The Castletown Town Commissioners announce a 9% increase (32p) in the Town Rate and an 8.9% rise in the refuse rate. (388p / £220)
Waste management charges continue to escalate. Whilst our contractors increases are linked to CPI, gate fee charges at the Energy From Waste plant are set to rise by 8.08% on April 1, 2024 with domestic waste being charged at £113.00 per tonne and commercial waste charged at £224.96 per tonne. Castletown’s contributions to the Southern Civic Amenity Site are increasing by 10.16%.
In recent years, the Commissioners have sought to support local business by not charging any fees for the collection of commercial refuse and only re-charging for the weight collected, however given increasing levels of long-term commercial refuse debtors, our commercial waste disposal offering will be reviewed.
The increase in rates over inflation will cover increased staffing requirements at weekends and events, along with the need to provide for for likely public sector pay awards and the increased interest burden from historic capital schemes.
For the upcoming financial year, we do not plan significant rate-borne capital projects. However, funds have also been earmarked for the design work of a phased improvement plan for Poulsom Park and its immediate surrounds.
Additionally, design work and planning approvals will be sought to modernise all of the towns aging street lighting infrastructure by a target date of 2030. It is anticipated a pilot scheme may take place on Douglas Street, with the initial wider phase being incorporated to the DOI’s refurbishment of Arbory Street and Malew Street.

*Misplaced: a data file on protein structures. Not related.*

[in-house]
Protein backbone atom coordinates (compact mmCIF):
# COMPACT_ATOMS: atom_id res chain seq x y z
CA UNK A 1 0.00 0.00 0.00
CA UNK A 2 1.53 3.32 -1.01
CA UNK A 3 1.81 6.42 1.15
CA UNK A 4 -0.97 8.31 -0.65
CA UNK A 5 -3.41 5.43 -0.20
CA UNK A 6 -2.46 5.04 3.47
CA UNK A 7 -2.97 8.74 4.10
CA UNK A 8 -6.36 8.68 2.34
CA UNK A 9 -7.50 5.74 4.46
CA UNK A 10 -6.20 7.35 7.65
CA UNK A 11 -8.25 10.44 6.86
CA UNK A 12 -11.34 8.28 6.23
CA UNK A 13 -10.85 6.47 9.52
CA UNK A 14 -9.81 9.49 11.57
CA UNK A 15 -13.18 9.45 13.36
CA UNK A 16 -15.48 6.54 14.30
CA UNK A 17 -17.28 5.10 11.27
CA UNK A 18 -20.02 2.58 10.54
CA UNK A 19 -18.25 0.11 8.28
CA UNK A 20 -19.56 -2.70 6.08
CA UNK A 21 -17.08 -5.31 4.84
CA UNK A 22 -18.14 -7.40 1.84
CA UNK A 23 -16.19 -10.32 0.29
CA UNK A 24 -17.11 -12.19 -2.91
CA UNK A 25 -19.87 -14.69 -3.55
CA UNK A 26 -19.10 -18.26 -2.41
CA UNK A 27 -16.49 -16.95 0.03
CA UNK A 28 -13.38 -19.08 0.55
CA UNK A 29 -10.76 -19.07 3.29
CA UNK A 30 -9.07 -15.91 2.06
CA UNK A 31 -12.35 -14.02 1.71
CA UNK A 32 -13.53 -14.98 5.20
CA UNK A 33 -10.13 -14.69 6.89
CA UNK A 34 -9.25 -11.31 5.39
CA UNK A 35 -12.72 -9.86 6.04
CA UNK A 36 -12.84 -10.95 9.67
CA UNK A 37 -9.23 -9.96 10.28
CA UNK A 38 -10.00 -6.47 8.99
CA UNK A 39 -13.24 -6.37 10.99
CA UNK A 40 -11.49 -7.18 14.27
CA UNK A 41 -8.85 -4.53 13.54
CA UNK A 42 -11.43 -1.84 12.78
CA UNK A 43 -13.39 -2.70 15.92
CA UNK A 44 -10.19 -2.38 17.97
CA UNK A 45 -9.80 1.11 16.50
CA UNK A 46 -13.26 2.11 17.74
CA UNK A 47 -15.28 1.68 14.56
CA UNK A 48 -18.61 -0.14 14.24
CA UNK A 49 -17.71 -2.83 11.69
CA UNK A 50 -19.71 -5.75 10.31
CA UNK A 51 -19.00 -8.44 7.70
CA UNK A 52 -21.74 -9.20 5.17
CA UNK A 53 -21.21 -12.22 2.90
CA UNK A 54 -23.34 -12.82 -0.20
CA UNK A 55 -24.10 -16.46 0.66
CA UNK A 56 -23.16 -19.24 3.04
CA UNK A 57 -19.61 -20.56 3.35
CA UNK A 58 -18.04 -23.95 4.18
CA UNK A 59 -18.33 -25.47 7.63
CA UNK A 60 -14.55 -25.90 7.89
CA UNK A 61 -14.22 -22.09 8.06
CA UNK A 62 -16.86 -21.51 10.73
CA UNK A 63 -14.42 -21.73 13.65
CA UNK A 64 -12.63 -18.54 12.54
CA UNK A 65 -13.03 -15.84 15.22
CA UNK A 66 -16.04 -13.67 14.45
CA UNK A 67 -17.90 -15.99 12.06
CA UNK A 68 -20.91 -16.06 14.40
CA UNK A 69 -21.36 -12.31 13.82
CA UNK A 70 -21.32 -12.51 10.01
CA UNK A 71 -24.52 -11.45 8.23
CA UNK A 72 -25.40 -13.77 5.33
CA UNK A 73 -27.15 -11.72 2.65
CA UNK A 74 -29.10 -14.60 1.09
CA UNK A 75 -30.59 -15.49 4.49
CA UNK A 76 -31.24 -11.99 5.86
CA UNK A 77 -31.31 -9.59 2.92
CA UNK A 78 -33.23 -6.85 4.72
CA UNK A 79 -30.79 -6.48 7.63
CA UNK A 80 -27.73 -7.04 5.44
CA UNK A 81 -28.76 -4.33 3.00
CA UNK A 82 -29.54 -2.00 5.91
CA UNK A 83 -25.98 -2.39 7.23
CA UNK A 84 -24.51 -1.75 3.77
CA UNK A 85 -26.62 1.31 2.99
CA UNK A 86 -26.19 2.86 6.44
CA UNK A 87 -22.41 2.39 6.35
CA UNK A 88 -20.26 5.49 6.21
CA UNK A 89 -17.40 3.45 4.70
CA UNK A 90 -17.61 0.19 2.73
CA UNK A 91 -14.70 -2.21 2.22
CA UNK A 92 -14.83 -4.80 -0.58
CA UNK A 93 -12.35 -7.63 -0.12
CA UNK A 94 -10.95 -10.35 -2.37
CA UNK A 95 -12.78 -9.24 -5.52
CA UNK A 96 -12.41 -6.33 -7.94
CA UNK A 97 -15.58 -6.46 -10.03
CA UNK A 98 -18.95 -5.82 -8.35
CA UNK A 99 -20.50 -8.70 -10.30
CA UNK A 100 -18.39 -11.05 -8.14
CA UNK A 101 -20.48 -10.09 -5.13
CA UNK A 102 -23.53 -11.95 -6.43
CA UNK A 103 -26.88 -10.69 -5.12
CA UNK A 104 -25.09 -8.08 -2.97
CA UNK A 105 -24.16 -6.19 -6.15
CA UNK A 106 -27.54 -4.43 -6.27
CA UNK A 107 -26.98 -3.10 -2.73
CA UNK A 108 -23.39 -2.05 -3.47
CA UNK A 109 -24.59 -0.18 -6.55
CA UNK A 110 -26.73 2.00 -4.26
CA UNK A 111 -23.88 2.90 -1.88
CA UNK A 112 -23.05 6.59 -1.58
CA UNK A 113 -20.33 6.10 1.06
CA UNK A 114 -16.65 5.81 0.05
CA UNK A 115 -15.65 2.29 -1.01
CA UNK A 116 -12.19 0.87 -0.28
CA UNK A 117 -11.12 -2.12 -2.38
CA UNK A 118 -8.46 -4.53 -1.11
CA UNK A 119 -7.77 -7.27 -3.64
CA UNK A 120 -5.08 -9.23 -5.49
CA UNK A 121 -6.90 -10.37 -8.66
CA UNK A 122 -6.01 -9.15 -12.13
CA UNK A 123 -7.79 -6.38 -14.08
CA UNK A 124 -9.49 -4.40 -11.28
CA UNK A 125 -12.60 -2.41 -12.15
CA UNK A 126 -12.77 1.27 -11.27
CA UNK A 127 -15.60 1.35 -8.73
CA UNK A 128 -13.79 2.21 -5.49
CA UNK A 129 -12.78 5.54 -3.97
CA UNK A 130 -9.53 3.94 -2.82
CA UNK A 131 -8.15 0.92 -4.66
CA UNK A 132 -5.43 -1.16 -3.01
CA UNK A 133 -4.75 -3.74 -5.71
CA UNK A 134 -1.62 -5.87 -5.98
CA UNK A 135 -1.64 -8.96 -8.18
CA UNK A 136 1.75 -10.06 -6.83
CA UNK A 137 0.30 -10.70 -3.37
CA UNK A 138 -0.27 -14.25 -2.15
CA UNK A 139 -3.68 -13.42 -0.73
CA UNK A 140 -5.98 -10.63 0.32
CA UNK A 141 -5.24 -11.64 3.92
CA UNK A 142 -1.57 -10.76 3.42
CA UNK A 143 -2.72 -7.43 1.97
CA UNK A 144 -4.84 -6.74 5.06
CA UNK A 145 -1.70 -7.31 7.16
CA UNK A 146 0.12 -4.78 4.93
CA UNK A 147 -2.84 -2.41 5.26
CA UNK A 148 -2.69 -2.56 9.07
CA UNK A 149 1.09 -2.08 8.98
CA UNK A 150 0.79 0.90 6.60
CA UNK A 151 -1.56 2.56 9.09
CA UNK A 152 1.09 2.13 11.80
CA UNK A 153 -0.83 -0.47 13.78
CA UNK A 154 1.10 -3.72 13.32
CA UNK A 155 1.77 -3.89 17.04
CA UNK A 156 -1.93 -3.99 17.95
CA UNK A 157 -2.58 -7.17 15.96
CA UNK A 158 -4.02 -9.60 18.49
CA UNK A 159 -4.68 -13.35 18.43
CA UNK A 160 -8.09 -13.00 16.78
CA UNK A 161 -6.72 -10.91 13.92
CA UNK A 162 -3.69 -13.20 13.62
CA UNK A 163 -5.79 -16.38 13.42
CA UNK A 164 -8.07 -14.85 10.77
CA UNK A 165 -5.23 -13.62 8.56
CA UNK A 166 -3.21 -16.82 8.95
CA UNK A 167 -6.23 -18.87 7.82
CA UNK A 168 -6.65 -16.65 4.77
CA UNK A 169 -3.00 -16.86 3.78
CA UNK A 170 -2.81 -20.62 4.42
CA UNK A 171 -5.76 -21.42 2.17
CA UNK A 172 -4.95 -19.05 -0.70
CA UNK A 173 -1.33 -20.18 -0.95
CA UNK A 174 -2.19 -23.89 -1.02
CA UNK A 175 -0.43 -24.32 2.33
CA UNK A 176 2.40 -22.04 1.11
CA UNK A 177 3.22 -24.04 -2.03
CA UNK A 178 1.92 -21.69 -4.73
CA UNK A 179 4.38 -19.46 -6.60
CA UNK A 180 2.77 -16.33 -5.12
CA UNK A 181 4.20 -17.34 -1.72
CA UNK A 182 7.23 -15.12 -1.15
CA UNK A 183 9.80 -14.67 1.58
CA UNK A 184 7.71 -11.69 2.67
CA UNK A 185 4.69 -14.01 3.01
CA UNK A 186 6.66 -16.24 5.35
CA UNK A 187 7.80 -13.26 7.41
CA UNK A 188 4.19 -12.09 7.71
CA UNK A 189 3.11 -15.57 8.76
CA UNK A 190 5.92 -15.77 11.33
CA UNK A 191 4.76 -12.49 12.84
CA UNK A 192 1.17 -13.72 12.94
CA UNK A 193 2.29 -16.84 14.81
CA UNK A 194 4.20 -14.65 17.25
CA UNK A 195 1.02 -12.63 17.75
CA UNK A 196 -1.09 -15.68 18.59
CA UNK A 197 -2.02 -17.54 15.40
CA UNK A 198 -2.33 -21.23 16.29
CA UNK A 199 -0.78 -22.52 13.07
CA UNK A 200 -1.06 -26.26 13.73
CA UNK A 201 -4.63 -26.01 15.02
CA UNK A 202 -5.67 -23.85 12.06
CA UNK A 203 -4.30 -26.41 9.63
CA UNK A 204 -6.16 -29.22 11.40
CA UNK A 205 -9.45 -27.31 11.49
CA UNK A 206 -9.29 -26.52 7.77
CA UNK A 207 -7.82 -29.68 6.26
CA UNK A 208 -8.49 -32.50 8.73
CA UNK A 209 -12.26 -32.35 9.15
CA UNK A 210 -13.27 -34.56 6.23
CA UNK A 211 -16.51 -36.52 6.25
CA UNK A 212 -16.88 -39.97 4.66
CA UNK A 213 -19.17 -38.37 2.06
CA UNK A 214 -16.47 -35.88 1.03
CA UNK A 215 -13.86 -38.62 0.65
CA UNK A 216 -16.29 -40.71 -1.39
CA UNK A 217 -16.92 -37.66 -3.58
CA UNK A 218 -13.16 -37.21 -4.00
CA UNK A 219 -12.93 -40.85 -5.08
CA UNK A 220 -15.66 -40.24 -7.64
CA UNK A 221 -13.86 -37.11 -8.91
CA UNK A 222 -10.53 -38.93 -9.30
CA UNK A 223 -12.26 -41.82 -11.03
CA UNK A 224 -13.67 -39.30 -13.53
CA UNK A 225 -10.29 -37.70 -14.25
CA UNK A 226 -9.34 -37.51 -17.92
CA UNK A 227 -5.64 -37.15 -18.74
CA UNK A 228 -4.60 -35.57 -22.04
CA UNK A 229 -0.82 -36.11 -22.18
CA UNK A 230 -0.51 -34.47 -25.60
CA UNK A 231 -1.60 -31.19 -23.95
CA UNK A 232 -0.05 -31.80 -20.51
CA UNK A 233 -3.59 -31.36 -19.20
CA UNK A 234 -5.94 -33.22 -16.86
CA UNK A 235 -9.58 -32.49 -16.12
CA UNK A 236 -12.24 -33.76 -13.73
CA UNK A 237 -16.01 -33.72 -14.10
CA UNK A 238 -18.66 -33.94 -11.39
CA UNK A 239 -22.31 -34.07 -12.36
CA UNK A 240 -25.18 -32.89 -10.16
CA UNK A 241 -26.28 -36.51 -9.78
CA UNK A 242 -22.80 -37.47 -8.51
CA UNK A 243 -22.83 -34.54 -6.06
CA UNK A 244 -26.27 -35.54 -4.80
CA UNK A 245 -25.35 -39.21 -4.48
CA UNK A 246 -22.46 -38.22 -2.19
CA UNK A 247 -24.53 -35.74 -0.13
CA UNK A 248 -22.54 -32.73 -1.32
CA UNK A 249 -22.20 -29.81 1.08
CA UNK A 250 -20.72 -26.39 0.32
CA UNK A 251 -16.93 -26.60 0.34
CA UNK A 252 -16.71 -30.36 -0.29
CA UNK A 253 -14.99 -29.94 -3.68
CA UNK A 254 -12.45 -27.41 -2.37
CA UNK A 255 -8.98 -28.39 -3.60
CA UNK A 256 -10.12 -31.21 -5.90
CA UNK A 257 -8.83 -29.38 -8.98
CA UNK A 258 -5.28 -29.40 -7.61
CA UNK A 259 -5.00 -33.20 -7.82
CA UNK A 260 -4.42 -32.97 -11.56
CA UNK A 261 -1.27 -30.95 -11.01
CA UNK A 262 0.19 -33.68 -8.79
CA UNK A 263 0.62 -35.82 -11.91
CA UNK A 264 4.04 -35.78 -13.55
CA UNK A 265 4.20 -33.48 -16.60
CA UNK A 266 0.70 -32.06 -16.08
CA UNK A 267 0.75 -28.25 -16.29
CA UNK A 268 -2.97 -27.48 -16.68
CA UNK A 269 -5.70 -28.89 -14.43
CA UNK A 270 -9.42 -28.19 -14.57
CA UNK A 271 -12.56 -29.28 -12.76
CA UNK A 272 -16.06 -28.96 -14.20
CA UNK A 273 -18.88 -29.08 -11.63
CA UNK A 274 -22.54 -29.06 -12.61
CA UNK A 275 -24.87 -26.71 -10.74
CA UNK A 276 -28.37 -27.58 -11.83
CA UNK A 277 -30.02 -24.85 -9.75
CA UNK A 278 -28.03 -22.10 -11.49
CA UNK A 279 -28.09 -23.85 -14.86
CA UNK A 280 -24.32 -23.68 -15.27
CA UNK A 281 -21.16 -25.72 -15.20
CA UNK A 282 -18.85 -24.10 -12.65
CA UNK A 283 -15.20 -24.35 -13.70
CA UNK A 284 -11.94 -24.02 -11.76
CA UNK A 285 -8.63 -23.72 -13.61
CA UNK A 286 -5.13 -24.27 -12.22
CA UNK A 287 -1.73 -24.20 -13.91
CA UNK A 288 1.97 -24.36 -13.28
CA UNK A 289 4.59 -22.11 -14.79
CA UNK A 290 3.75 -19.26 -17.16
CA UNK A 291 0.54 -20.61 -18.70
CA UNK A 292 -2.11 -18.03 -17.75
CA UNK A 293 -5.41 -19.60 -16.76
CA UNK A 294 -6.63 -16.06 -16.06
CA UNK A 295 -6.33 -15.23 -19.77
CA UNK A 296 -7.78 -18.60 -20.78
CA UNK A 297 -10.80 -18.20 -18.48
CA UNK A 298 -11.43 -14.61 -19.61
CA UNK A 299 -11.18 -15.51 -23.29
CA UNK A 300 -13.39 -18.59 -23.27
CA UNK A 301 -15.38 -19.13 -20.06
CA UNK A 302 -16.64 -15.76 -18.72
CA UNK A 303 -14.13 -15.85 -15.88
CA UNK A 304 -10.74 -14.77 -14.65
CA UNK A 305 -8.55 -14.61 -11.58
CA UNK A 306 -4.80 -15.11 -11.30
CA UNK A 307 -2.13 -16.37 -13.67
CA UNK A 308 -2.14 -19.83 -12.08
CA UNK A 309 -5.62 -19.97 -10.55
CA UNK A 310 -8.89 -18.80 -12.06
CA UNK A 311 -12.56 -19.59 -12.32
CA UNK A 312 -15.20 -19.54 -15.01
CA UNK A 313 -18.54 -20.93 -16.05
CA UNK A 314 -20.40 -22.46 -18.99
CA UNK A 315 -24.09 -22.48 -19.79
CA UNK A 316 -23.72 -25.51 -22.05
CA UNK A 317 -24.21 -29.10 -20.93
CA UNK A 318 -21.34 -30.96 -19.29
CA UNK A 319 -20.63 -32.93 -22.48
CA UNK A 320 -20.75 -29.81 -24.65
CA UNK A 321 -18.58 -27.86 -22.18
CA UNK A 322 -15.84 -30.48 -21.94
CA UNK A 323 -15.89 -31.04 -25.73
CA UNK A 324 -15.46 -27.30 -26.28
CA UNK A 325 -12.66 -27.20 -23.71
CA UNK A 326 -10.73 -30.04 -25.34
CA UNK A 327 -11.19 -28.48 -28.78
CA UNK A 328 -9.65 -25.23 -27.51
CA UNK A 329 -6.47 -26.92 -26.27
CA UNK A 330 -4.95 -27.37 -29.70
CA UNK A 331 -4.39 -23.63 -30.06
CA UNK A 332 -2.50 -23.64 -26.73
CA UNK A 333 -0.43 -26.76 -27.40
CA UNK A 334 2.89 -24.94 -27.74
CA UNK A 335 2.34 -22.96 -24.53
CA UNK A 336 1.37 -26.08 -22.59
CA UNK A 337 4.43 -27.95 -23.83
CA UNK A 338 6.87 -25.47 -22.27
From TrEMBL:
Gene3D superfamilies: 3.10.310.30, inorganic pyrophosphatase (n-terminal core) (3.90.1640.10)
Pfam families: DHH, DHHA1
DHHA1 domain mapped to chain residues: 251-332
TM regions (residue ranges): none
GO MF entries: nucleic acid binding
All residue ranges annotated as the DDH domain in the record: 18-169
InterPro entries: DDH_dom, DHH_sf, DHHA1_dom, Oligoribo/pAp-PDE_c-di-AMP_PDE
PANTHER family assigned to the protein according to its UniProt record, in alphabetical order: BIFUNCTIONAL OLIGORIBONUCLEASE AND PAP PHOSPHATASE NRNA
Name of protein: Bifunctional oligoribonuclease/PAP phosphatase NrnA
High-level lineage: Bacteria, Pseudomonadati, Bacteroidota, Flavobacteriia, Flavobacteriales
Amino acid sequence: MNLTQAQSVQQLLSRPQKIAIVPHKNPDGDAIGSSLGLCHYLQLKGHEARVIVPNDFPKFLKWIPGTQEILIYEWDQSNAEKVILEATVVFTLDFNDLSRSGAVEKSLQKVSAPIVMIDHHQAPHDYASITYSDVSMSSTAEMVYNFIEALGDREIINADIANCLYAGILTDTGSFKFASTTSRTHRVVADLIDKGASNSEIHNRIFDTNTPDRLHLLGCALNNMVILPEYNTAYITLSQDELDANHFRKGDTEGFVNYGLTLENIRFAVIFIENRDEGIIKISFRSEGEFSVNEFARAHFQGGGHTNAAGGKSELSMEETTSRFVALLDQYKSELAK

A limited hours tourist information function will be trialled within the Town Hall to support general queries and increased seasonal visitor traffic. Plans for a changing places compliant facility are ongoing and amendments at the Town Hall will ensure functional public toilets outside regular hours. The Town Hall itself is in need of significant capital investment to replace windows, doors and roofline components but at this time no commitment has been made for these works.
We are pleased to note that the DOI has agreed in principle to the proposed long-term leases on the Tennis Courts and Bowling Greens, pending petition approval and a long term lease on the Tennis Courts is due to be advertised imminently. This provides certainty to club members and income to the town’s ratepayers and we hope that similar agreement will be reached with the Bowling Club.
Recognising the concerns of our residents who face financial challenges, the decision for the above-inflation rate increase was only made after careful deliberation. The Town’s general revenue reserves are not at a level that provide sufficient comfort to draw upon to mitigate rate increases while maintaining services. As a collective Board, we recognise our duty to ensure the town maintains a robust fiscal position as we prepare to hand the baton to the next administration. As we await planning determinations for our works yard and old fire station, we focus on preparing our own works operations for a probable relocation in the near future.
Recent discussions regarding the Southern Swimming Pool and disparities in funding around the island highlight the need for a more equitable rates system. This Board is actively seeking a more collaborative approach beyond our town boundaries to provide services at a lower cost to benefit not only our ratepayers but also those of neighbouring authorities.
We are pleased to continue offering community services that serve the wider area, including our Library, Registrar Services, Commissioners for Oaths services, and providing space to support central government Departments, most notably the regional delivery of Manx Care vaccination programs, but are conscious that the financial burden in providing these services ultimately rests with our ratepayers.
Chairman of Castletown Town Commissioners Jamie Horton commented;
“From speaking to my counterparts, Local authorities across the Island continue to face an unprecedented challenge to their financial sustainability.
A comprehensive, long-term plan is urgently needed to ensure adequate funding for essential local services, both in the immediate future and for years to come. We cannot continue to burden our own ratepayers to provide services to others.
As a board, we are exploring collaborative options with other authorities. I would urge our national politicians to address rate reform and ensure that all the island residents contribute to services in a more equitable manner.”